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How do you write an A+ monologue

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Top 10 tips for writing an award winning monologue:

Start Late - "The Hook"
Grab people's attention. Don't start at the beginning of the story the chararacter wants to tell but towards the end of it, enticing the audience to find out what happens next, as well as wondering what led to this.

Start Fast - "The Grab"
Keep it simple. Keep it quick. Your opening words are crucial for the tone of your piece. Don't ramble on and on - get right into the heart of your story.

Tell a Story - "The Heart"
Why is this character talking to us? Why now? The best monologues, once they've hooked and grabbed us, tell a story we've never heard before - one with a beginning, middle, and end.

Build a Character - "The Soul"
Who is this person? Where are they from? What are their hopes, dreams, and disappointments? If you can answer all these questions, your character will start coming to life.

Build your World - "The Colour"
This is more than location - it's the way your character sees the world around them. Check out Tony Marchant's sample monologue - you'll notice several details that give us insight into the speaker's particular way of seeing the world.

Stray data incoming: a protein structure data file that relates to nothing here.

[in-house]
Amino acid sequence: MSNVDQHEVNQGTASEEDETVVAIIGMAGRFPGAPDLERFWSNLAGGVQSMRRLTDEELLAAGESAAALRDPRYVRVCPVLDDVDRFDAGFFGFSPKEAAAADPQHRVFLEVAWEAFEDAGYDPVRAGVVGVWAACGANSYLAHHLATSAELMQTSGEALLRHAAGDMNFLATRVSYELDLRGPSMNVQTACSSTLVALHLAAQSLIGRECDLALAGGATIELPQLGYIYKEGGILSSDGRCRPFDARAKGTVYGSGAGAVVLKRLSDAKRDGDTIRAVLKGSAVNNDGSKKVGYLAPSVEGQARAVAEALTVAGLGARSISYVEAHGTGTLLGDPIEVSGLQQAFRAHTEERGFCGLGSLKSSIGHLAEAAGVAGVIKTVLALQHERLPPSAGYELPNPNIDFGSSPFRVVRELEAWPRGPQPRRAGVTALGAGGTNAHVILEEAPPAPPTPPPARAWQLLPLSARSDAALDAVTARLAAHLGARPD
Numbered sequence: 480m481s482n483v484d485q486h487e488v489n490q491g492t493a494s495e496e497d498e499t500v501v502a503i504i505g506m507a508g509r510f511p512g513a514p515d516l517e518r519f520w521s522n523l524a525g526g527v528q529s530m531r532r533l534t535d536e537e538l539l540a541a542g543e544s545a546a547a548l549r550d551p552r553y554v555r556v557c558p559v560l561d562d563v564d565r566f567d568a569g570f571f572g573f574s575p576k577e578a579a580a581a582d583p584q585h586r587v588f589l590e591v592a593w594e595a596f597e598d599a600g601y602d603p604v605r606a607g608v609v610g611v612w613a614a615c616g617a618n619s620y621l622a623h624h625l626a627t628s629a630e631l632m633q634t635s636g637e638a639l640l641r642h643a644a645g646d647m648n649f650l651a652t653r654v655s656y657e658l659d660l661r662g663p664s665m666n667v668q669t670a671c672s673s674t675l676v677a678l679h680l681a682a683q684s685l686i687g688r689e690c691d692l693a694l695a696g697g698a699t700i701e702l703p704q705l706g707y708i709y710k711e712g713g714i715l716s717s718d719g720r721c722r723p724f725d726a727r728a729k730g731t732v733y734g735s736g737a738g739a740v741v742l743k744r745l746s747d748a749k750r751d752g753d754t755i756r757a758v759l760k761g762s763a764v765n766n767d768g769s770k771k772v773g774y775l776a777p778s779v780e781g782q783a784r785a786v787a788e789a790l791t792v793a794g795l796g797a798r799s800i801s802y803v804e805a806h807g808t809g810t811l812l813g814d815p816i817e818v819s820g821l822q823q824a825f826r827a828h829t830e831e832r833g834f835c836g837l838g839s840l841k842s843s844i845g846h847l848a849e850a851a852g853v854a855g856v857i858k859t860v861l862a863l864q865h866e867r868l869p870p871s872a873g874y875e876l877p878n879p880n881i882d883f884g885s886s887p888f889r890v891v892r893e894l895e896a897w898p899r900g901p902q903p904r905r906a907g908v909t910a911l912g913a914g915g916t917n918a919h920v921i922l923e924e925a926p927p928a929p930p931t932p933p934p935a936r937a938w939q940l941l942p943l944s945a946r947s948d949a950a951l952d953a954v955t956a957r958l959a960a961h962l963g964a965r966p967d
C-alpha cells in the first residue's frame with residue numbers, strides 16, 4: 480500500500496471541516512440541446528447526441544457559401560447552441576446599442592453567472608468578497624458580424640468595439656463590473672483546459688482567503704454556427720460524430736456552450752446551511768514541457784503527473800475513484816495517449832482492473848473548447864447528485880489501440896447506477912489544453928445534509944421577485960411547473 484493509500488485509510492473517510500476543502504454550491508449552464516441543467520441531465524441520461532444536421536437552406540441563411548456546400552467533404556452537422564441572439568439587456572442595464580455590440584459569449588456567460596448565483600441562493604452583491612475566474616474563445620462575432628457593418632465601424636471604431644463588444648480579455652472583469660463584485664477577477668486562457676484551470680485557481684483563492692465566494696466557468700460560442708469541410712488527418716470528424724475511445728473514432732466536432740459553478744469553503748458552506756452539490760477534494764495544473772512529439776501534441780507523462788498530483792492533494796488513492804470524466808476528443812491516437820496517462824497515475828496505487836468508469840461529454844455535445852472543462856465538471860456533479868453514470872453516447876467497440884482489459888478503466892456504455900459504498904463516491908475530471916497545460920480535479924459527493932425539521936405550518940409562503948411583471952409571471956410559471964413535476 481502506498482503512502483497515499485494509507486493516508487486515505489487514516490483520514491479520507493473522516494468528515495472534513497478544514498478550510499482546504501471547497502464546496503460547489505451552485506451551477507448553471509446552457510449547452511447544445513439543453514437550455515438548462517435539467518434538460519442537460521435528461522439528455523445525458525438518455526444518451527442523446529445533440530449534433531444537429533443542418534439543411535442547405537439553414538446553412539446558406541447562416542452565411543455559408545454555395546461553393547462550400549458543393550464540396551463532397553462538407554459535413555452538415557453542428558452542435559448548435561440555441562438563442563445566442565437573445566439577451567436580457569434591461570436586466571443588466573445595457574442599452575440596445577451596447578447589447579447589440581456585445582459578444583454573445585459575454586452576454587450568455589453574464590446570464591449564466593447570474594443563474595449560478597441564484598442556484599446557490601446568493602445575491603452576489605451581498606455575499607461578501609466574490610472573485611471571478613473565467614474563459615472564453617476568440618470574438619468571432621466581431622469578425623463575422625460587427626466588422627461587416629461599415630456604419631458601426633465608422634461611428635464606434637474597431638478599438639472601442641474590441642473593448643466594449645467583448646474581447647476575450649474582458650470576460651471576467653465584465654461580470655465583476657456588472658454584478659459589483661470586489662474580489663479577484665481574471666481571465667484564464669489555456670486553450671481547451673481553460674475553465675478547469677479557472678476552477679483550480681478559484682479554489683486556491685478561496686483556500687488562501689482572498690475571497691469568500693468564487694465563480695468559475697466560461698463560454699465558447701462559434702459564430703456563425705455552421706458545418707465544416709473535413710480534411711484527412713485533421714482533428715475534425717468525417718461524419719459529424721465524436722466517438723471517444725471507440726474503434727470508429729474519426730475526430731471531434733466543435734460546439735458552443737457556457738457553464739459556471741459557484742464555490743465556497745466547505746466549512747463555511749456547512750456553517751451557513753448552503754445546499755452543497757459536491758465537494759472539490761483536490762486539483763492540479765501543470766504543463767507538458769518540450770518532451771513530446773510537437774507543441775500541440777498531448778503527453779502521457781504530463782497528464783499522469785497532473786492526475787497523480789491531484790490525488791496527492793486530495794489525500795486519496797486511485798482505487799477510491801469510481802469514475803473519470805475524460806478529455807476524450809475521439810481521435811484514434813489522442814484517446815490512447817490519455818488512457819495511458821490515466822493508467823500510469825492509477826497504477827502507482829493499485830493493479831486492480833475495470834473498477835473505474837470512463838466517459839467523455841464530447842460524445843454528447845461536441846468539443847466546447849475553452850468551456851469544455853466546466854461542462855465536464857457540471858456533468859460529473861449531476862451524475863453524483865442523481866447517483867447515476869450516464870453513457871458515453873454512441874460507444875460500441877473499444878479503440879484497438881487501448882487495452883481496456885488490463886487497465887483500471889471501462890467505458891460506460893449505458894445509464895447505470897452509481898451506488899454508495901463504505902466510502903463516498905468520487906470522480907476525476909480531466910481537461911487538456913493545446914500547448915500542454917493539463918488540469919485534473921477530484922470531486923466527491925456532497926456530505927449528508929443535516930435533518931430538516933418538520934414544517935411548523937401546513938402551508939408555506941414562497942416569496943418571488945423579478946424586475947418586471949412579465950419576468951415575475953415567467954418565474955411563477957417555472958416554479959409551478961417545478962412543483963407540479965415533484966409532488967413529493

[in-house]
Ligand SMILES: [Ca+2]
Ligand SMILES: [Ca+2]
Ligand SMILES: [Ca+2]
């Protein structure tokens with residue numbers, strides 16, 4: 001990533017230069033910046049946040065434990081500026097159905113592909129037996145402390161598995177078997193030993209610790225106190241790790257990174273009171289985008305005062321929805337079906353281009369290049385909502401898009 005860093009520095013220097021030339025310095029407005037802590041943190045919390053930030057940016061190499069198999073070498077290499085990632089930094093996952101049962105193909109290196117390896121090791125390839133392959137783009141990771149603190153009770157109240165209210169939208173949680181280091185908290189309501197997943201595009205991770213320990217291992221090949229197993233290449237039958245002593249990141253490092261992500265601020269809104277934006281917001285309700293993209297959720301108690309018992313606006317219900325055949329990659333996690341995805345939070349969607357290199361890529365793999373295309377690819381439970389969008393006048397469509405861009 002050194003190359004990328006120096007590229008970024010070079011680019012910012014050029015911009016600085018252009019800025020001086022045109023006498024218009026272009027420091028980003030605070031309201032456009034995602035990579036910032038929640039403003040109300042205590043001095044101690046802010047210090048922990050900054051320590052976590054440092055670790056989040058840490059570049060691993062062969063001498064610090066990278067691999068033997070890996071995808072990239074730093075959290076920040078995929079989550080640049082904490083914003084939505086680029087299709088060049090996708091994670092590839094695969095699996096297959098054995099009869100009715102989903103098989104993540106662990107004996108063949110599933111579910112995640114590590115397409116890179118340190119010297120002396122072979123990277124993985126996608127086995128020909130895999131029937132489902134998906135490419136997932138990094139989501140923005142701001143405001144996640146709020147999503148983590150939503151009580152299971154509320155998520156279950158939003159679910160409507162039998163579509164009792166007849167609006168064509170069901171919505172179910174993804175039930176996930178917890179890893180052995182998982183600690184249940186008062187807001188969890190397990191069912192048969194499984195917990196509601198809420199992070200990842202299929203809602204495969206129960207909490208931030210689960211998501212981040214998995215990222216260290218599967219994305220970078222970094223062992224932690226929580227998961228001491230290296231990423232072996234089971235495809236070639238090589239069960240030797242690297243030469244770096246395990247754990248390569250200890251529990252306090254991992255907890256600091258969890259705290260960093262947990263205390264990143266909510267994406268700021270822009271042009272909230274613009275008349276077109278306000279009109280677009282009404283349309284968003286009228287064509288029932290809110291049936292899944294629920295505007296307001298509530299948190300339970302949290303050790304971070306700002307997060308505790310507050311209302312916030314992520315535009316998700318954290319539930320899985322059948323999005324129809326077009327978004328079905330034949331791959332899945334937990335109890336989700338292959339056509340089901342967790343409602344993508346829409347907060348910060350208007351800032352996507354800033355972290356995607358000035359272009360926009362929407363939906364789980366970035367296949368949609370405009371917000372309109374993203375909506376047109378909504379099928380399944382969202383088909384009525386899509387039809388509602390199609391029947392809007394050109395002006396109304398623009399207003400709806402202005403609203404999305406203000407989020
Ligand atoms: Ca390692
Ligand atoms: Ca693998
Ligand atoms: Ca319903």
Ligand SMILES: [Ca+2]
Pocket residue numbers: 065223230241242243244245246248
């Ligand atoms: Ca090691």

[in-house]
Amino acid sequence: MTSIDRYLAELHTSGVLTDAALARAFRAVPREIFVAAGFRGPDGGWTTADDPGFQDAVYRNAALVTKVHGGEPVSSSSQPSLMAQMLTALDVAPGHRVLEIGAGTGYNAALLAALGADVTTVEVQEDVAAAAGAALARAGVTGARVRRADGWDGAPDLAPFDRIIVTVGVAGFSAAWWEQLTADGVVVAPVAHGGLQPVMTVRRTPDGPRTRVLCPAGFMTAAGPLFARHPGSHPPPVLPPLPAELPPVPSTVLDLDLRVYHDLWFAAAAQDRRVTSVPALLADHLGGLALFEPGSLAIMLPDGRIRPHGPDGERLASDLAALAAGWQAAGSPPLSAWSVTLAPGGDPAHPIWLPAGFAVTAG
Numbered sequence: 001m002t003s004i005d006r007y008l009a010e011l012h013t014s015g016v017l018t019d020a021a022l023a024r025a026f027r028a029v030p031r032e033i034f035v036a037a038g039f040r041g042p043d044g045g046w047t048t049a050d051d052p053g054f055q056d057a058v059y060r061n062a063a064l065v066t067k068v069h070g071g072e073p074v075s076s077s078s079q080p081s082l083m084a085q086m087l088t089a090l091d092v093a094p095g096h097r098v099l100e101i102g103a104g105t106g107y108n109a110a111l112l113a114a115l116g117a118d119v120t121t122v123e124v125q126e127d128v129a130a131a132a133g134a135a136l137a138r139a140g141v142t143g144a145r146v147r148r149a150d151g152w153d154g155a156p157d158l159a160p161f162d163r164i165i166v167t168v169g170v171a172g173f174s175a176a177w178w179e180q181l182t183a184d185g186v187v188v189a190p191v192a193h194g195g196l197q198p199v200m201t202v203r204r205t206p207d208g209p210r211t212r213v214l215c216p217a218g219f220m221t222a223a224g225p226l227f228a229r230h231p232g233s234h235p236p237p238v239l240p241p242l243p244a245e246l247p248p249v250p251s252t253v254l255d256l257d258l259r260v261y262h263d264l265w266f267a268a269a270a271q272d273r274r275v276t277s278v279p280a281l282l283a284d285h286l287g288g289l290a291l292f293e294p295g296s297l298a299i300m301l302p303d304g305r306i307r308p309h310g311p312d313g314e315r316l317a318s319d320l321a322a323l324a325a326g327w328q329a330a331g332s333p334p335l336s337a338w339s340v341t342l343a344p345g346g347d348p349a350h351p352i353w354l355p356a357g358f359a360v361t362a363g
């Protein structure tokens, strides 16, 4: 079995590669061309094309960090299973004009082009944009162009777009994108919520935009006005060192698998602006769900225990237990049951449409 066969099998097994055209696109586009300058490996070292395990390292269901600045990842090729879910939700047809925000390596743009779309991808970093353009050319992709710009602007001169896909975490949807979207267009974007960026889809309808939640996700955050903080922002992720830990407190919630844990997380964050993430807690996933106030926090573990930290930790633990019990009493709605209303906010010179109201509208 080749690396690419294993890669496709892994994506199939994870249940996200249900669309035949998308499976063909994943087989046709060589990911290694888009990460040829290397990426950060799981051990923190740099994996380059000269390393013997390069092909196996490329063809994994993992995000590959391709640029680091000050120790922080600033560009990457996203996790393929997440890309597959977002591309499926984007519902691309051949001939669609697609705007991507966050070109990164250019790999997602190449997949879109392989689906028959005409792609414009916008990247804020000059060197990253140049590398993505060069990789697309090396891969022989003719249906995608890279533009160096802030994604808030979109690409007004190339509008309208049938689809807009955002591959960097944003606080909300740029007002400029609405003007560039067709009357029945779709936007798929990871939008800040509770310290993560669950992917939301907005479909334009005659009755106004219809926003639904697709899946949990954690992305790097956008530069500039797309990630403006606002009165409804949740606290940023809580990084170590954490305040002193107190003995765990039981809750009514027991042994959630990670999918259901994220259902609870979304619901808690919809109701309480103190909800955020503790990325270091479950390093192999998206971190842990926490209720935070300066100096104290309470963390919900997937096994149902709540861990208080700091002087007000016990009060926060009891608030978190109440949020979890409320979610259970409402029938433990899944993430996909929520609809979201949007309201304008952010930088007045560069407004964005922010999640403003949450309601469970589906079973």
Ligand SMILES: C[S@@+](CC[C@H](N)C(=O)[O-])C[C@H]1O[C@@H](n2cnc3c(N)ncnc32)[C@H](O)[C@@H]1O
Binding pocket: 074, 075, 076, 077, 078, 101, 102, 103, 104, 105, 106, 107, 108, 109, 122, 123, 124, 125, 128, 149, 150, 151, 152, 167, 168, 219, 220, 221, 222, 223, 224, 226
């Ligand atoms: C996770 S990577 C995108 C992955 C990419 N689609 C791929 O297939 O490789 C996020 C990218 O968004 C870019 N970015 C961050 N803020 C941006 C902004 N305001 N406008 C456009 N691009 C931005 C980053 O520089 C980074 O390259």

Build your Rhythms - "The Music"
Great writing is like music. You state a theme, expand upon it, build a crescendo, then slowly come back down to earth. Because of this musical quality of dialogue, it's absolutely essential that you...

Read it Aloud - "The Sound"
Reading aloud is an essential part of the writing process. Does the dialogue sound natural? Does it flow? Can you identify musical stops and starts, changes of rhythm and pace? All of this becomes much clearer when hearing your words spoken out loud.

Rewrite. Then rewrite again. - "The Fury"
Writing is rewriting. This is the really difficult part of the process - once you've got your first draft bashed out, you should put it to one side, make a cup of tea, then come back to it. Try reading it out loud and see what can be improved. Then do this again. And again. And again!

Make Every Word Count - "The Edit"
You've only got 1,000 words, so make them count. Remember, it's possible to convey a lot of emotion with very few words - and silence is very powerful. We're not looking for flashy dialogue or clever one-liners - it's how the monologue works as a whole that counts.

Bring it Home - "The End"
In the words of T.S. Eliot: "in my beginning is my end".

Remember where your monologue started from? Well, after your monologue has whisked us away on a voyage full of heart, soul, colour and music, that's roughly where we should end up - right back at the beginning. Notice how Tony does it in his sample monologue - and notice how much we've learned about the character along the way.

Good luck and good writing!

Source: http://answers.yahoo.com/question/index?qid=20071126170117AAdlg7k

Hope that helps!


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